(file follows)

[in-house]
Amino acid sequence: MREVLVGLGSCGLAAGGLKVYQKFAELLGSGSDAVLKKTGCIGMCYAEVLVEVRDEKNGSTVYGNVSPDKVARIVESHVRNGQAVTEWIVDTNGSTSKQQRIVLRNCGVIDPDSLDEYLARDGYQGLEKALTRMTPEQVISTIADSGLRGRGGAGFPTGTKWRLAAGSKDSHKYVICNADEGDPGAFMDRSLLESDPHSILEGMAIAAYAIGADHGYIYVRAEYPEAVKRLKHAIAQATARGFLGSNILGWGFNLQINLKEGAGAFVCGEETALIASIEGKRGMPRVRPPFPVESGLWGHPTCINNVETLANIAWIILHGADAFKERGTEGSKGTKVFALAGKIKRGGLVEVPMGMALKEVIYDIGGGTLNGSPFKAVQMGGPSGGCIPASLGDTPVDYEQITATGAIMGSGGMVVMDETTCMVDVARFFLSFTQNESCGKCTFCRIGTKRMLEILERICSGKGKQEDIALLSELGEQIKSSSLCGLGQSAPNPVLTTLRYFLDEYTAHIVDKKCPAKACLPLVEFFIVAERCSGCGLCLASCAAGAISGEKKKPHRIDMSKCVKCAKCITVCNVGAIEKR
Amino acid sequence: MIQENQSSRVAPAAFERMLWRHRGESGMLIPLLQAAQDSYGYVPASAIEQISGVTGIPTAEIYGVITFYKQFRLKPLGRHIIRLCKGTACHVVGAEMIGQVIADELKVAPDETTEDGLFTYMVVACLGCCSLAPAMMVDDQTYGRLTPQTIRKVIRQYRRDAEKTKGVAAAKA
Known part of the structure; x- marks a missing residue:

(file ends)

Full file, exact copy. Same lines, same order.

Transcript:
[in-house]
Amino acid sequence: MREVLVGLGSCGLAAGGLKVYQKFAELLGSGSDAVLKKTGCIGMCYAEVLVEVRDEKNGSTVYGNVSPDKVARIVESHVRNGQAVTEWIVDTNGSTSKQQRIVLRNCGVIDPDSLDEYLARDGYQGLEKALTRMTPEQVISTIADSGLRGRGGAGFPTGTKWRLAAGSKDSHKYVICNADEGDPGAFMDRSLLESDPHSILEGMAIAAYAIGADHGYIYVRAEYPEAVKRLKHAIAQATARGFLGSNILGWGFNLQINLKEGAGAFVCGEETALIASIEGKRGMPRVRPPFPVESGLWGHPTCINNVETLANIAWIILHGADAFKERGTEGSKGTKVFALAGKIKRGGLVEVPMGMALKEVIYDIGGGTLNGSPFKAVQMGGPSGGCIPASLGDTPVDYEQITATGAIMGSGGMVVMDETTCMVDVARFFLSFTQNESCGKCTFCRIGTKRMLEILERICSGKGKQEDIALLSELGEQIKSSSLCGLGQSAPNPVLTTLRYFLDEYTAHIVDKKCPAKACLPLVEFFIVAERCSGCGLCLASCAAGAISGEKKKPHRIDMSKCVKCAKCITVCNVGAIEKR
Amino acid sequence: MIQENQSSRVAPAAFERMLWRHRGESGMLIPLLQAAQDSYGYVPASAIEQISGVTGIPTAEIYGVITFYKQFRLKPLGRHIIRLCKGTACHVVGAEMIGQVIADELKVAPDETTEDGLFTYMVVACLGCCSLAPAMMVDDQTYGRLTPQTIRKVIRQYRRDAEKTKGVAAAKA
Known part of the structure; x- marks a missing residue: